The MOOC Heard Around The World

In February, I took a trip London where I spoke at the OBHE conference at a session called “Online and open-access learning in higher education: MOOCs, new pedagogies and business models.” It was actually a fairly lively discussion, debate, and driving conversation about the massive online courses coming out of North America and now beginning to come out of other parts of the world.

What interested me most was what seemed to be about 80% fear and 20% excitement by the gathering of educators (mostly faculty). It was also interesting that most of those who were currently building massive open online courses (MOOCs) were doing so under some kind of duress. From pressure of being left behind to mounting pressure from administrators to even financial pressure to grab a “piece of the MOOC pie,” it seemed rare to find a MOOC builder who was doing so because of the innovation or excitement over the possibilities of helping facilitate learning for so many potential students.

Instead, much of the conversation surrounded problems with the MOOC concept. Primary to this was concern over the educational efficacy of these experiences. Most educators seem to understand that ALL eLearning will be judged on the effectiveness of MOOCs… right or wrong, these massive courses are going to be our litmus test. Obviously this is problematic – imagine evaluating the safety of driving based solely on studying Nascar races.

The next concern was typically voiced with an idiom that I previously assumed to be from American football. The term “end around” was used consistently as another reason that MOOCs had to be constructed by faculty. Not new to me was the voiced feeling / assumption by some faculty that administrators would love nothing more than to find a way to provide education without the need to deal with teachers. I think back to a Chronicle of Higher Education article I read a few years back which described faculty behavior as anything from “eccentric” to “combative” – behavior that would not be tolerated in any other context but higher education. And so, some faculty believe MOOCs are seen by administrators as a potential way to rid themselves of faculty altogether.

Finally, there was a sense of being “left behind” by many educators and schools. The assumption was that because X or Y University was launching a MOOC, that our institution should also build one. Many speakers and delegates noted Teresa Sullivan’s firing last year as a sign that Universities needed to “do or die” in the MOOC game.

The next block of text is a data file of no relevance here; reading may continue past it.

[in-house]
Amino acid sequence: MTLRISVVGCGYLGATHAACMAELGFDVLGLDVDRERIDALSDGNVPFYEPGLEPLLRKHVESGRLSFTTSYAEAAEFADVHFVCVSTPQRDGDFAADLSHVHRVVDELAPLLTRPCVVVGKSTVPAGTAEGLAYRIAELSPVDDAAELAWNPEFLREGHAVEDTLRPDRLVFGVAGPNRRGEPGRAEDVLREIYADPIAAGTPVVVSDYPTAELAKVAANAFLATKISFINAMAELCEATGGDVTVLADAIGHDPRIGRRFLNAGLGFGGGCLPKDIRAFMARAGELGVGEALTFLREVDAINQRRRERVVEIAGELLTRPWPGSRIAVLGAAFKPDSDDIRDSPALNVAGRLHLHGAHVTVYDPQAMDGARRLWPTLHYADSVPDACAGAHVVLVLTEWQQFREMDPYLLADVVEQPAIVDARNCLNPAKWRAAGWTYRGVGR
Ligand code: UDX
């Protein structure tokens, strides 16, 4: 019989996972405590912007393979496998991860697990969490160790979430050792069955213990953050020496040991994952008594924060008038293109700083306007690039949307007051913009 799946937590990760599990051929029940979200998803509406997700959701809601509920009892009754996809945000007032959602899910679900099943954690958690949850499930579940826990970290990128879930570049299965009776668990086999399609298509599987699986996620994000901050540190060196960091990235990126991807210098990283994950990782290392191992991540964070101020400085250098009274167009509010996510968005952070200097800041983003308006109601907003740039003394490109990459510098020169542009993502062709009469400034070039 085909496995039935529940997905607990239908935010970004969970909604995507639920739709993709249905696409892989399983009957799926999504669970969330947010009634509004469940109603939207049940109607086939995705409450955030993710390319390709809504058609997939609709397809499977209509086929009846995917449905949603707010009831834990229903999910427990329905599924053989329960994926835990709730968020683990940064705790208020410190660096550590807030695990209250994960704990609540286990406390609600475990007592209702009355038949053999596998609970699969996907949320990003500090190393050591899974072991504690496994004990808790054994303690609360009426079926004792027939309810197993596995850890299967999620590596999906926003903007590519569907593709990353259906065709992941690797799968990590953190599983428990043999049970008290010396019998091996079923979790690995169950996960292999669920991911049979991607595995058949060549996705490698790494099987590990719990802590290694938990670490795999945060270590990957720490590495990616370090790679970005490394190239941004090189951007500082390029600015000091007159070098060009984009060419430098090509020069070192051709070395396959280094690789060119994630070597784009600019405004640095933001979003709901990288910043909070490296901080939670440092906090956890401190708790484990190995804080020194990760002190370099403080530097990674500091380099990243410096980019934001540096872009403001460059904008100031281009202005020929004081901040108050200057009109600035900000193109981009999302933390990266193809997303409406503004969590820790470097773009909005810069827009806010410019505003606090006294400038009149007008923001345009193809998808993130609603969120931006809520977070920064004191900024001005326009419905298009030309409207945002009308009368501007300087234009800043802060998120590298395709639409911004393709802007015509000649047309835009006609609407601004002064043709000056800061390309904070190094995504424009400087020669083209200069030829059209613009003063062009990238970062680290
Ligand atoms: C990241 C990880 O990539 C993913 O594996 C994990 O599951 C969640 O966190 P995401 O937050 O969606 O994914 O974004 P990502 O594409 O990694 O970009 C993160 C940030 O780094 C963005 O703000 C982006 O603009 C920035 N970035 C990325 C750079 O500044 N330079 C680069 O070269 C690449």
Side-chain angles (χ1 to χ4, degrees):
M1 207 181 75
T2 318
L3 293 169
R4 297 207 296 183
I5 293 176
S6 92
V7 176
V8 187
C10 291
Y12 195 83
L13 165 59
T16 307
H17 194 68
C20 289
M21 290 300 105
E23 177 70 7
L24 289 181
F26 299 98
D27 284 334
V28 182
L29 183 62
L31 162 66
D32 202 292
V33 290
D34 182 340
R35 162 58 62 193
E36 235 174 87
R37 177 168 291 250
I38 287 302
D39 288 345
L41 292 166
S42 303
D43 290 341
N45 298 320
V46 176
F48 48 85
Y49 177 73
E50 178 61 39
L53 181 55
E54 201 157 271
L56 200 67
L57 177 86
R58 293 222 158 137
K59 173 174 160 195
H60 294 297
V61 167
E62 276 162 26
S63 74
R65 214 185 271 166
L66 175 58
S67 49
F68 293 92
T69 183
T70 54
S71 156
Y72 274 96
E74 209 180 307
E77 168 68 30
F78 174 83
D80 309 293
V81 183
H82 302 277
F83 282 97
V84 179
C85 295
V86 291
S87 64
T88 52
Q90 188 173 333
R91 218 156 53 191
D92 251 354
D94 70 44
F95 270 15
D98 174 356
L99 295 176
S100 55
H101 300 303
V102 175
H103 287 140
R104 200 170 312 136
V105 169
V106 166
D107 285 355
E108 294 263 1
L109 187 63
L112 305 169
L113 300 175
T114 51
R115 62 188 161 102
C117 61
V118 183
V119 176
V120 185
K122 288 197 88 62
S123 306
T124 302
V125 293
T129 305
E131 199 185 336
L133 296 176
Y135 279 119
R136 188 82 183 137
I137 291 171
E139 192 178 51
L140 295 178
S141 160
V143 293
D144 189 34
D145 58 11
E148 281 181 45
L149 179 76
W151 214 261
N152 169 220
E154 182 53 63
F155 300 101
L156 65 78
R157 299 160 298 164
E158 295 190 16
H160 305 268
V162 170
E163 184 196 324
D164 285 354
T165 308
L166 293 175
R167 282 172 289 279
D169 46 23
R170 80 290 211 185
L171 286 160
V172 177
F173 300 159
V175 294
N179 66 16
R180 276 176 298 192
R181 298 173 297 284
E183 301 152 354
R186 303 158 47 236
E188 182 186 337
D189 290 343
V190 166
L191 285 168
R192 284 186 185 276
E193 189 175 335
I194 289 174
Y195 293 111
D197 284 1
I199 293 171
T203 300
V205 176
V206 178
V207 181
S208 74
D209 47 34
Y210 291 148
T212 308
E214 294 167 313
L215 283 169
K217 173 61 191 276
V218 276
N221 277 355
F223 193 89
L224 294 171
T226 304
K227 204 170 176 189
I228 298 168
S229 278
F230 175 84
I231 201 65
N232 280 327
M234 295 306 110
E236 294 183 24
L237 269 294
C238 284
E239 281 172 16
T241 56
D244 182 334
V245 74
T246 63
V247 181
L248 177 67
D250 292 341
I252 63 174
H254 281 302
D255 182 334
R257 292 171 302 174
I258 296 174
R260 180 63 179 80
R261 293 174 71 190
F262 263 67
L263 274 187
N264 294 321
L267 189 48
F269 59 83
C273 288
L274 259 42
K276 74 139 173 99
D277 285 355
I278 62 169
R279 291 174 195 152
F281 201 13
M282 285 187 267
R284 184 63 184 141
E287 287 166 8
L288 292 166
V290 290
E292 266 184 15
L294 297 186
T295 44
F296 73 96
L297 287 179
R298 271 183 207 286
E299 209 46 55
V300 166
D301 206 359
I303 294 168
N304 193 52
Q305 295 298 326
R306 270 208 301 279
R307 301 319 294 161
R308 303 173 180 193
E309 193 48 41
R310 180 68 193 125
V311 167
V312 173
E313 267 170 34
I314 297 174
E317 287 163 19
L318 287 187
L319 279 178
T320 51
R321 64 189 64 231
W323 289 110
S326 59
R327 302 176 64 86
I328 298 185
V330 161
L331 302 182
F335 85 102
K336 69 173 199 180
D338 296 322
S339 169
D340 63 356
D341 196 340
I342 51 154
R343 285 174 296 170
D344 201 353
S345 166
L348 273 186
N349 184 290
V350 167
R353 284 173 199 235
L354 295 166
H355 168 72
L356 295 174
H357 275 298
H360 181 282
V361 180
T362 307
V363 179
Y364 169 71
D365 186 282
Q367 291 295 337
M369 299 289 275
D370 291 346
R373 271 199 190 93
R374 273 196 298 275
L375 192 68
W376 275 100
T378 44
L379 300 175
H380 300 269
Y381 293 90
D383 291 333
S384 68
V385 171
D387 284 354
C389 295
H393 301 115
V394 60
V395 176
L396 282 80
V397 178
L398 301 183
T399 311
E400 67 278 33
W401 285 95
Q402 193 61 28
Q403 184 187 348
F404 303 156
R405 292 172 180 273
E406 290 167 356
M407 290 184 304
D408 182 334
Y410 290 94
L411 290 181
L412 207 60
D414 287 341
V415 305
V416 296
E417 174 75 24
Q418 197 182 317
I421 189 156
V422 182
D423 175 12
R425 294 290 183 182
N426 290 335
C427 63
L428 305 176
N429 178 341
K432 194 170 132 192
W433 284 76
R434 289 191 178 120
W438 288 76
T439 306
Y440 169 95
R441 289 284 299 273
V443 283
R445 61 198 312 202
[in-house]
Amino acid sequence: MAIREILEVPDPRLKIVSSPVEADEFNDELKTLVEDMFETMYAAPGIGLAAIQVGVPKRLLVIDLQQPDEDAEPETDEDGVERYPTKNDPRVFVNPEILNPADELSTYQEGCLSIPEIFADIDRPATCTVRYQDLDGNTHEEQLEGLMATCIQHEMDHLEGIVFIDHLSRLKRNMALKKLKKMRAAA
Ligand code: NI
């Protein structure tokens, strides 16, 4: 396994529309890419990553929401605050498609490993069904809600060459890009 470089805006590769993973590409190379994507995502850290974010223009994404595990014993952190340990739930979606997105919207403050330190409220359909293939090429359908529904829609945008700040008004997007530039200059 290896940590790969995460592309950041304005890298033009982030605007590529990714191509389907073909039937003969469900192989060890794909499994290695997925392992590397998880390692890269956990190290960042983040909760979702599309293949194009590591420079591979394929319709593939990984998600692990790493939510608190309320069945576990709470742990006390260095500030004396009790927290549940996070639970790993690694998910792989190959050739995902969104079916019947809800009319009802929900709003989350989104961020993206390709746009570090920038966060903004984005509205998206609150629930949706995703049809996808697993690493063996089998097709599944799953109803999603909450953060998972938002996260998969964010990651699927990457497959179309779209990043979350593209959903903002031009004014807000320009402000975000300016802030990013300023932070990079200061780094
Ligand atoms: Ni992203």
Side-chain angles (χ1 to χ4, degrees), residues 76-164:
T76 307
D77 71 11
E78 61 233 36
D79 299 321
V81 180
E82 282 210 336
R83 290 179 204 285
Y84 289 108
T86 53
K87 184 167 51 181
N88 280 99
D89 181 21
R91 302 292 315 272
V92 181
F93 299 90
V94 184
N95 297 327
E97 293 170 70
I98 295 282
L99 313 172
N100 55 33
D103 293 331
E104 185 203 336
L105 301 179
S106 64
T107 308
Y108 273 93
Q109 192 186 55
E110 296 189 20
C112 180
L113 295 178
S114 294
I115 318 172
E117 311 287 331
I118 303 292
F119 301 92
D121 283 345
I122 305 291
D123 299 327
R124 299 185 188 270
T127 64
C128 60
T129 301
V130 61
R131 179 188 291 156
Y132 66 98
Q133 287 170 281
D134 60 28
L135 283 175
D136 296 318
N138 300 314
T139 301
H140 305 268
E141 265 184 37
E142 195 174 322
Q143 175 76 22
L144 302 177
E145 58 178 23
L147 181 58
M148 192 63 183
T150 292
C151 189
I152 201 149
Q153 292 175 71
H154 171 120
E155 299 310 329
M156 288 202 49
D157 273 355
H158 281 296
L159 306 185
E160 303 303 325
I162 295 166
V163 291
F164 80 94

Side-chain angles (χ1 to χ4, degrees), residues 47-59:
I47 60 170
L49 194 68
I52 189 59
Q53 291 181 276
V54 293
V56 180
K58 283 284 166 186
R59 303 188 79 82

But at the heart of the conversation about the efficacy (or at least potential efficacy) of MOOCs were some important questions and concerns. Many issues that even Coursera and Udacity advocates have noted are still relevant and should not only be discussed, but ultimately figured out. MOOCs as they exist today are not very engaging. Unless you are auto-didactic learner (think Abe Lincoln) who can take a piece of content, internalize it, and not only retain it but apply it, MOOCs are likely problematic for you. That likely leads to another problem – 5-8% retention rates. Couple that with weak (aka unauthentic) assessments, basing so much feedback on peer evaluation and assessment (even when the peers are unmotivated or so under-educated regarding the content that they have literally nothing which adds value to a conversation), and finding a way to associate credit with MOOCs makes it all that much more challenging. Then, at least in the states, there are even more accreditation concerns with so much content being provided by outside organizations, which is why most accrediting agencies have a 25% rule.

In MOOCs today there is almost zero student choice, no curriculum integration, no sense of brain-learning interjected into the curricula, a lack of modeling or showcasing creativity and/or critical thinking, and the top-down model promotes a sterile, impersonal experience. Finally (at least for this list), is the data captivity by MOOC platforms. While most believe the data will soon be available for a price, most have made it clear that the data is THEIRS and not a school’s.

So what do we do? I’ve blogged before about possible options and models for the 2nd generation MOOC, but more than that, I just would urge calculated strategy here. Be thoughtful about the entirety of the process and try not to get caught up in the hoopla. Build your own (2nd GEN!) MOOC with purpose, solid learning design, and good pedagogical / andragogical models. Include neuroscience in the conversation as well as what we have learned from Education Psychology. And don’t forget about 2 decades of learning about how to best deliver eLearning. In other words, let’s make sure the driver of MOOCs is not solely about money and/or size. Let’s make it about quality and learning too. Build a MOOC because you are excited to innovate, not because you are feeling pressured to do something…anything! Build a MOOC to show the world how to do it right.

Good luck and good teaching.

Dr. Jeff Borden, VP of Instruction & Academic Strategy and Lead of the Center for Online Learning at Pearson, is also a consultant, speaker, professor, researcher, comedian, and trainer.


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